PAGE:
“Neither will I,” I reply. I catch his hands. Squeeze them tight.

When we turn back to our parents, they’re watching us with wide eyes. For a long, long moment, no one speaks.

Then Dad turns to Josh. “I’m sorry, son,” he says, and the son makes it sound even worse, even more real. I think he’s about to do it again. Tell Josh to leave me alone, to get out of here. I don’t want to fight with my father, but I will if I have to. I will for Josh.

Instead, Dad smiles a little. “I should never have told you to leave my girl alone. I wouldn’t have if I’d known what kind of a man you’d turn out to be. How in love with her you are.”

Susan wraps her hand around my father’s and squeezes tightly. “I suppose we should have seen this coming,” she murmurs, a faint smile on her mouth.

“Wait.” I blink at them, frowning. “You aren’t mad?”

“How can we be?” Susan asks. She turns to smile at my dad, eyes sparkling. “We know exactly how you feel, after all.”

“But…” I bite my lip. Frown. This isn’t what I expected. I never thought our parents could understand, could be… okay with this.


“It’s a bit of an unusual situation, granted,” Dad points out. “But I think we can all agree that if we can’t follow our hearts… Well. Where would we be then?”

I break away from Josh. Cross the muddy ground to fling my arms around Dad. Susan crosses behind me, hugs her son, and pretty soon we’re all laughing. Tears sting at the corners of my eyes, but they’re happy tears. Tears of relief. Because, somehow, against all odds…

We’re going to be okay. We’re going to do this.

“One question,” I say, once I’ve stepped away from Dad, caught Josh’s hand again. “If you told Josh to stay away from me for all these years, how come you told him about me? About where I’m going to college and all?”

Dad raises an eyebrow. “I never spoke to Josh about you.”

Josh casts me a sheepish sideways glance this time. “Well, we are Facebook friends,” he points out.

“You never like anything I post, you never comment or message me, or…” I blink at him, confused. “You still look at my page?”

“From time to time,” he admits. Then he grins a little, sheepish. “Okay, maybe more often than I care to admit.”

My eyes are widening. My smile is, too. “You cyber-stalker,” I say.

He pulls me to him. “You love it, admit it.”

I turn away before he can kiss me, before this gets too crazy. “But, Dad, Susan…”

Susan, for her part, is already taking my dad’s hand and tugging him gently back toward the cabin, a smile on her face as she watches us together. “Don’t you worry about us, kids. We don’t want to stand in the way of anything real. And this…” She pats Dad’s back lightly. “This is the real deal.”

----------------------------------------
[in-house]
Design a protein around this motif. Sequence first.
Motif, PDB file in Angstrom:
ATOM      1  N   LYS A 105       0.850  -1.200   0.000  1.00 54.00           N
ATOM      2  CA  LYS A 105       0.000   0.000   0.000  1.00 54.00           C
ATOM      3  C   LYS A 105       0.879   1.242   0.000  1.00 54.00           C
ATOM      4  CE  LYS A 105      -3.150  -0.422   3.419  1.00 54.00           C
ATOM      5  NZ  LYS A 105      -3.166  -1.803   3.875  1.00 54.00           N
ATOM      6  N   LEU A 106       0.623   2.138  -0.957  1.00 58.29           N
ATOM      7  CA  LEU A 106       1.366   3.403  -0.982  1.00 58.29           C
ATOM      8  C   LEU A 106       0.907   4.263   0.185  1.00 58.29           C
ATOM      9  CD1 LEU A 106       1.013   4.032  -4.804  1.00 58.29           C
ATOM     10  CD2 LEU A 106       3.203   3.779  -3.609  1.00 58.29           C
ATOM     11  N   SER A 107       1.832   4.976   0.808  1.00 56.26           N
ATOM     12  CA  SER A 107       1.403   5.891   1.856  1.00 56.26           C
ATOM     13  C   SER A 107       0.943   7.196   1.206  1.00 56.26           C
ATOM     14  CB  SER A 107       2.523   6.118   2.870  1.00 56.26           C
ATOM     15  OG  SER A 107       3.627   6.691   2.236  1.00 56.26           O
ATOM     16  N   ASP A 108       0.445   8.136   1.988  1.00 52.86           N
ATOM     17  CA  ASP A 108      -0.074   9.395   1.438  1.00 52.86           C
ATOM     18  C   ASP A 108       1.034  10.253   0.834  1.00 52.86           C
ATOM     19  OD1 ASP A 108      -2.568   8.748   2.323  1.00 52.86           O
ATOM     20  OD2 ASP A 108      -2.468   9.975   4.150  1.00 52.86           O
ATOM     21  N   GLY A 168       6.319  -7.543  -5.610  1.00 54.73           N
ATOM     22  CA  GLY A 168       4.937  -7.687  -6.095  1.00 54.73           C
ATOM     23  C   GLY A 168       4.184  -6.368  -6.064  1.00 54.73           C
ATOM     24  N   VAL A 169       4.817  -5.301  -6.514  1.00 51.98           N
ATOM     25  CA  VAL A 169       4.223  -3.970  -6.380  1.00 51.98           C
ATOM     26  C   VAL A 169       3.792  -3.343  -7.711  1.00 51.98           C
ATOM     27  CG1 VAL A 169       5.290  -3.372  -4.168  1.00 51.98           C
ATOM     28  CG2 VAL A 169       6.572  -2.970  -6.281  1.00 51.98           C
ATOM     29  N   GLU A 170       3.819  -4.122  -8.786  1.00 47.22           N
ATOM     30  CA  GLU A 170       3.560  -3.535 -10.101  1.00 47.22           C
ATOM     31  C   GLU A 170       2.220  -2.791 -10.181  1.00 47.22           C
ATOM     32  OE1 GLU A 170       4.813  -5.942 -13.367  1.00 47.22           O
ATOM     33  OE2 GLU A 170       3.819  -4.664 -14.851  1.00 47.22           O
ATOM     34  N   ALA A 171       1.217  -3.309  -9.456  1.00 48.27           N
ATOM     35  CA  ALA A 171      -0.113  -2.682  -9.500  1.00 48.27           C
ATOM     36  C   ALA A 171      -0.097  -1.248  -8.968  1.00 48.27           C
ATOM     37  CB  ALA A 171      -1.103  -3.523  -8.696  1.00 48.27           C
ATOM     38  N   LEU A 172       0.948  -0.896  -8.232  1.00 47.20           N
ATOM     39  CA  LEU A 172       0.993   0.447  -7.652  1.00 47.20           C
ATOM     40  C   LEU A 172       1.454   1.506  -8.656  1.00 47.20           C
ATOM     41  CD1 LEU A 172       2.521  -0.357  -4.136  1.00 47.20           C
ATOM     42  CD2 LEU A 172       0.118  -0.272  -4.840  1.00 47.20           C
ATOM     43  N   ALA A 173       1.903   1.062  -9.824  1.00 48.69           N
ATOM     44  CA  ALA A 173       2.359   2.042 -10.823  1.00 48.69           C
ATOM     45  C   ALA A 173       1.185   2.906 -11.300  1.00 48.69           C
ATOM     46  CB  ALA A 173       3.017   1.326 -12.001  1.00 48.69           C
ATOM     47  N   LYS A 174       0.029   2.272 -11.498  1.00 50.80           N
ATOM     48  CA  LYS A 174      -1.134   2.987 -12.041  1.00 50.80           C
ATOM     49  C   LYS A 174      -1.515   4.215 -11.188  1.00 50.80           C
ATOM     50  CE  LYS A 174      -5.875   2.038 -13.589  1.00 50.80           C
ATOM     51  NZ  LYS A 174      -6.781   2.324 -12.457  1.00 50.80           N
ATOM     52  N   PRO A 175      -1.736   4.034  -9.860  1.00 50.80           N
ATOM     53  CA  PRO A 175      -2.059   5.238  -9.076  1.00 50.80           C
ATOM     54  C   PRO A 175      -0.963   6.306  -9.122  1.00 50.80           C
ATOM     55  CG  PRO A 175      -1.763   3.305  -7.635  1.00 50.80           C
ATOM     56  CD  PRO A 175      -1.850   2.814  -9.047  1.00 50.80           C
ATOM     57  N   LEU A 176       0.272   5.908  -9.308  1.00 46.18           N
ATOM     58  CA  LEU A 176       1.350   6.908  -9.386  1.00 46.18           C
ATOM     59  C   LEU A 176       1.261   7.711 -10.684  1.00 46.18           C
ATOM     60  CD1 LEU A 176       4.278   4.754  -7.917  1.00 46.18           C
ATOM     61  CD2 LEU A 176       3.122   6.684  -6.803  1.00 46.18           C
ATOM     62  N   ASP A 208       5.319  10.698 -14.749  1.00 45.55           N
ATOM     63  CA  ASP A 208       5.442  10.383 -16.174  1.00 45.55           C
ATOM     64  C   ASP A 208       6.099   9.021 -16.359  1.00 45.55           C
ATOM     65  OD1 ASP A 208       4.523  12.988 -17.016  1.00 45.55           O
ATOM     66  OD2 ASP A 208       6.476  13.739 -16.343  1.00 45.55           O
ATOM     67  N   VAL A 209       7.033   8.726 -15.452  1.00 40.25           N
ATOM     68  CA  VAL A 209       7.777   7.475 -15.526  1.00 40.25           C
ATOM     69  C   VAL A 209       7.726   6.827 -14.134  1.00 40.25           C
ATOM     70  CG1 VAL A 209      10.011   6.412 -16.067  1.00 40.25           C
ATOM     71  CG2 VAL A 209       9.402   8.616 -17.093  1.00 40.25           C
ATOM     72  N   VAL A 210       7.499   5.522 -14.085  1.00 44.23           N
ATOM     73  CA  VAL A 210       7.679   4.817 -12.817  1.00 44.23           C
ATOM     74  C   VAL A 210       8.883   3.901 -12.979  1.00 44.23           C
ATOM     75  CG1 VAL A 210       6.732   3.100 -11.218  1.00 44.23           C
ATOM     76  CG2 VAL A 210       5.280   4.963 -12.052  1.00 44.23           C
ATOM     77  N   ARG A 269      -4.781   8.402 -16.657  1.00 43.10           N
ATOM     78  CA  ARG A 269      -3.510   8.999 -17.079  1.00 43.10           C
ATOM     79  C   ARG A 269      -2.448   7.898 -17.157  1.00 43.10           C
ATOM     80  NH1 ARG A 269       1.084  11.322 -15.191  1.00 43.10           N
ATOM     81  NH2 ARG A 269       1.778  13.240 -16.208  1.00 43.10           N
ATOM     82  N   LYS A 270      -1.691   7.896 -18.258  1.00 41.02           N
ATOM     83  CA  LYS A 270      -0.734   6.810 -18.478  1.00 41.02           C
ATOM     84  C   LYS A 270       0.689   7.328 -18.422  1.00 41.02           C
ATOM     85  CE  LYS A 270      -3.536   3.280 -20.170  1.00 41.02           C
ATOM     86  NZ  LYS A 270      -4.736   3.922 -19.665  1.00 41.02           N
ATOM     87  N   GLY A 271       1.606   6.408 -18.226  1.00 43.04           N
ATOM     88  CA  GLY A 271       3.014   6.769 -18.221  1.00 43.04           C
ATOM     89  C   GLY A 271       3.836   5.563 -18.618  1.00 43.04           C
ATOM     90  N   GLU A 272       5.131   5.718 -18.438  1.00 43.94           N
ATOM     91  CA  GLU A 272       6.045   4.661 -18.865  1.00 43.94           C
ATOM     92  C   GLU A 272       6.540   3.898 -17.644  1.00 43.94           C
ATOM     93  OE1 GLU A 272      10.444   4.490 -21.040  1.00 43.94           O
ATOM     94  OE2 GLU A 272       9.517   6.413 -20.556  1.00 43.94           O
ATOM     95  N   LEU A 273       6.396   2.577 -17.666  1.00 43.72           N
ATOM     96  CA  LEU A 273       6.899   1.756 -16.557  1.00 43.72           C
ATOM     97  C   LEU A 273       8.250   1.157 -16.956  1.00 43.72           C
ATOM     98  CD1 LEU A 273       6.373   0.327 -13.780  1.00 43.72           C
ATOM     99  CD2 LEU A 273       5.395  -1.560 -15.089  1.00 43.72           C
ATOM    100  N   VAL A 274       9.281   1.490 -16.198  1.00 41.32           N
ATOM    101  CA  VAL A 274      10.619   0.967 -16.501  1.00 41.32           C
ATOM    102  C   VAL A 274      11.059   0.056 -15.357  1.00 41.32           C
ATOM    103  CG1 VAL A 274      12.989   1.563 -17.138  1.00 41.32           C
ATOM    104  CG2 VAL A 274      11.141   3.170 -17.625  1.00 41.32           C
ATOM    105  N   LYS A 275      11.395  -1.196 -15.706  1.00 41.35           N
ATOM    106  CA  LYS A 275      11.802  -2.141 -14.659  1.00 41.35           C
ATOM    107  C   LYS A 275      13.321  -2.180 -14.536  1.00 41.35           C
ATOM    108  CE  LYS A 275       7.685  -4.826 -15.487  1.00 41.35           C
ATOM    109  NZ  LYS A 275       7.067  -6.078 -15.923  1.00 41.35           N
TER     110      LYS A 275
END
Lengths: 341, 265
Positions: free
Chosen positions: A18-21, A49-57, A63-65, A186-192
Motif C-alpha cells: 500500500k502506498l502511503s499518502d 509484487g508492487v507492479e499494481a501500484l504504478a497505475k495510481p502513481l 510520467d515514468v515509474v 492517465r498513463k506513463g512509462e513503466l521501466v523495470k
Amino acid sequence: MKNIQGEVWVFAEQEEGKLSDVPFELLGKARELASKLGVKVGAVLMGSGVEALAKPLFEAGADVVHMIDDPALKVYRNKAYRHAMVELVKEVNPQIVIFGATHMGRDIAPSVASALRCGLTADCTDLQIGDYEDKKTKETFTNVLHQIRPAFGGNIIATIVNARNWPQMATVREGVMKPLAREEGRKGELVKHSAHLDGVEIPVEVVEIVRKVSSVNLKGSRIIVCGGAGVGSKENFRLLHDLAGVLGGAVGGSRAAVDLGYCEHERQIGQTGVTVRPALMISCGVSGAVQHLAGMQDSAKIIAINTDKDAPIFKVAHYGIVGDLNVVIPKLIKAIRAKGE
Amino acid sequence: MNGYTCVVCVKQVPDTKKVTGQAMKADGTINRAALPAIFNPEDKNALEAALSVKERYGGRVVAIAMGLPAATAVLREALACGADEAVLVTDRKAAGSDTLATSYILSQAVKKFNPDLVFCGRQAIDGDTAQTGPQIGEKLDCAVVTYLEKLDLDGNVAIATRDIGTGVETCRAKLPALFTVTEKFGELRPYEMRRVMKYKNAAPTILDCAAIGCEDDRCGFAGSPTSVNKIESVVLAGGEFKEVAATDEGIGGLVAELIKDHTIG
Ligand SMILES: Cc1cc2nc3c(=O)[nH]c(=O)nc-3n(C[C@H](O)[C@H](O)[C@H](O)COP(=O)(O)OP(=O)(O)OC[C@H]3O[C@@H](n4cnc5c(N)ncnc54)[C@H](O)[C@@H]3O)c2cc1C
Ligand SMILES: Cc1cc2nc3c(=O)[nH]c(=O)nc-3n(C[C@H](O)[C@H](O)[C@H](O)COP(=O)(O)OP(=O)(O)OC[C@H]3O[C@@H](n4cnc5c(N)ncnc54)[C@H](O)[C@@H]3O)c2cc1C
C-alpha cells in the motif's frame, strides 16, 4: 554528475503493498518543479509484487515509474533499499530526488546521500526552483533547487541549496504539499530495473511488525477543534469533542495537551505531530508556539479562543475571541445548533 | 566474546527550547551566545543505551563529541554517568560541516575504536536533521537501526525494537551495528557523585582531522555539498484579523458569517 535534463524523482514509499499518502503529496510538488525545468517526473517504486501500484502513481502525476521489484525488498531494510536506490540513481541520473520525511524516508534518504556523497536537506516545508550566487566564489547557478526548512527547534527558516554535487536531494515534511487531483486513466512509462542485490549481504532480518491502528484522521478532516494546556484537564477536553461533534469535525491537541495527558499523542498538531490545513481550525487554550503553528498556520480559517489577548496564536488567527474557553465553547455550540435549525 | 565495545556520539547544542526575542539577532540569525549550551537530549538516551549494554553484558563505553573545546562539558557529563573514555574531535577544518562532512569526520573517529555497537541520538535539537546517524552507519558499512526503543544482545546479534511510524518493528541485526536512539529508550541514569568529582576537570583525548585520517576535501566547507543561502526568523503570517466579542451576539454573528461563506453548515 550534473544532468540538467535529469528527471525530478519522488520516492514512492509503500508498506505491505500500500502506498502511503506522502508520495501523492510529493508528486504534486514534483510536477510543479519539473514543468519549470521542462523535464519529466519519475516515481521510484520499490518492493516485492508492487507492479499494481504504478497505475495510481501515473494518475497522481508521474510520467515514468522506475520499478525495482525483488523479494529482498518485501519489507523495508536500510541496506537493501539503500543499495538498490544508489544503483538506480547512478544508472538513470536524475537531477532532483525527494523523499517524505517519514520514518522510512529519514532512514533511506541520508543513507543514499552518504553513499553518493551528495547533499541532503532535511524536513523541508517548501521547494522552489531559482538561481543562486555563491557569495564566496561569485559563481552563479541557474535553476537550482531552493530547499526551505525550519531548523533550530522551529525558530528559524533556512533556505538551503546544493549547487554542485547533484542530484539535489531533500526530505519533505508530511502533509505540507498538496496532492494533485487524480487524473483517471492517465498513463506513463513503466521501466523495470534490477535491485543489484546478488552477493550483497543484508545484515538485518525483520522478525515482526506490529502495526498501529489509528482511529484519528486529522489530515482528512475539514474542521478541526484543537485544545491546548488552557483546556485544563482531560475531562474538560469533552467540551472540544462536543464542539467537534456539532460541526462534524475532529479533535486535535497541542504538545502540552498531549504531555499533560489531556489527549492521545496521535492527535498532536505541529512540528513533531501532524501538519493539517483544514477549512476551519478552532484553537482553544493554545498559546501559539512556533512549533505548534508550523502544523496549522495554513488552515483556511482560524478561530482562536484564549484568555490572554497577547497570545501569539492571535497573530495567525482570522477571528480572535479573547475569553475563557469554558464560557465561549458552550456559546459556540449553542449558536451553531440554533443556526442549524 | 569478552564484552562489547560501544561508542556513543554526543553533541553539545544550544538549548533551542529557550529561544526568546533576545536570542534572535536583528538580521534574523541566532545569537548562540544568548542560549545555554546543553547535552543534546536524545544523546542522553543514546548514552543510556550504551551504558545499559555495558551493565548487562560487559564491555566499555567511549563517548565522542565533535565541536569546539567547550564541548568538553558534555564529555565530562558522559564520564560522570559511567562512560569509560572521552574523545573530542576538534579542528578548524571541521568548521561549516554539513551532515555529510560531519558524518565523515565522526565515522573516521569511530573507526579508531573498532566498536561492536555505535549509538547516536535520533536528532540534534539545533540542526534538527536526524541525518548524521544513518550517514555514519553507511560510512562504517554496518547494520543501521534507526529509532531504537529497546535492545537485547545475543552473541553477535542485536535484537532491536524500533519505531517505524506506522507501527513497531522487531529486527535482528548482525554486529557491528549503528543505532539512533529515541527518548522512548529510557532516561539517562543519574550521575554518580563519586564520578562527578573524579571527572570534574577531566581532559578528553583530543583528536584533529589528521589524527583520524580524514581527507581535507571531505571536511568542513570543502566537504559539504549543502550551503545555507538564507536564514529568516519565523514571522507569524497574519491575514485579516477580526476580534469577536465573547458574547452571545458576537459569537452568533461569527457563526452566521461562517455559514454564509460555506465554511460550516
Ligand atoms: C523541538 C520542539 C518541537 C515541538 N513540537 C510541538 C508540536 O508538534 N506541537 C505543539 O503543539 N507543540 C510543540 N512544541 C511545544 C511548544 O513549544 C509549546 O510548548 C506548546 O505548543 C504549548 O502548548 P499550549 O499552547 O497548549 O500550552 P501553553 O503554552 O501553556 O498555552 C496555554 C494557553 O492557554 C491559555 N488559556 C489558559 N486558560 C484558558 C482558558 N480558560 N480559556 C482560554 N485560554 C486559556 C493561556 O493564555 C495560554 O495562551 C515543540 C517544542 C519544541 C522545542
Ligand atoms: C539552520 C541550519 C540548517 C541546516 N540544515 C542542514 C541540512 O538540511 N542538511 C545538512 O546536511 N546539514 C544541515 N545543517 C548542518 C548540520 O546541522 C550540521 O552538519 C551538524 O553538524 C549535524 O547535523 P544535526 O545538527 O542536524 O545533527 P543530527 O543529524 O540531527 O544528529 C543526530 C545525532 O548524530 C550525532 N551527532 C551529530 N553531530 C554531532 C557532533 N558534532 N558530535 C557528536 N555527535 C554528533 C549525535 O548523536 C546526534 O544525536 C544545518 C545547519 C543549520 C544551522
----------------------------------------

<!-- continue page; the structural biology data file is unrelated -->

“You can say that again,” Josh murmurs.

Then I forget about our parents, because he’s tugging me back toward him, and I’m turning to face him, those big gray-blue eyes of his devouring me from head to toe as he studies me.

When he leans in this time, I don’t pull away. I don’t run anymore. I’m done doing that. He pauses an inch from my lips, whispers so I can feel his lips graze mine as he does.

“I love you, Pau.”

“I love you, Josh.”

Then he kisses me, and I lose myself in that kiss headfirst. When we break apart, we’re both breathless, panting, our hands wrapped around one another, arms clutching so tight it feels like we might break. I don’t care. I just want him as close to me as he can get, right now.

“You’re still a stalker,” I whisper in his ear, grinning.

He smirks and nips my ear back. “I’ll take stalker over step-brother any day.”

Epilogue

Two Years Later

I’m lying on the dock with my feet in the water, staring up at the late afternoon sun in my favorite spot in the world. I hear footsteps pad behind me and sit up. Before I can turn, though, warm legs drop around either side of me, and arms encircle me from behind. Josh leans in to kiss the nape of my neck, then slowly around to the side of my neck, while he pulls me back against him.

“What’s on your mind, daydreamer?”

“Not much. Just enjoying the quiet.” I turn to grin at him. “Without Dad here making all his usual daytime card-game racket, it’s kind of peaceful for once.”

Josh laughs. “I know the feeling. It’s strange not having Mom to serve lemonades, but I’m sure she and your dad are having fun down in Hilton Head.” They decided they needed a couple’s vacation, not a family one for once. Personally, I was more than happy to give them space—especially since it means we have the cabin all for us.

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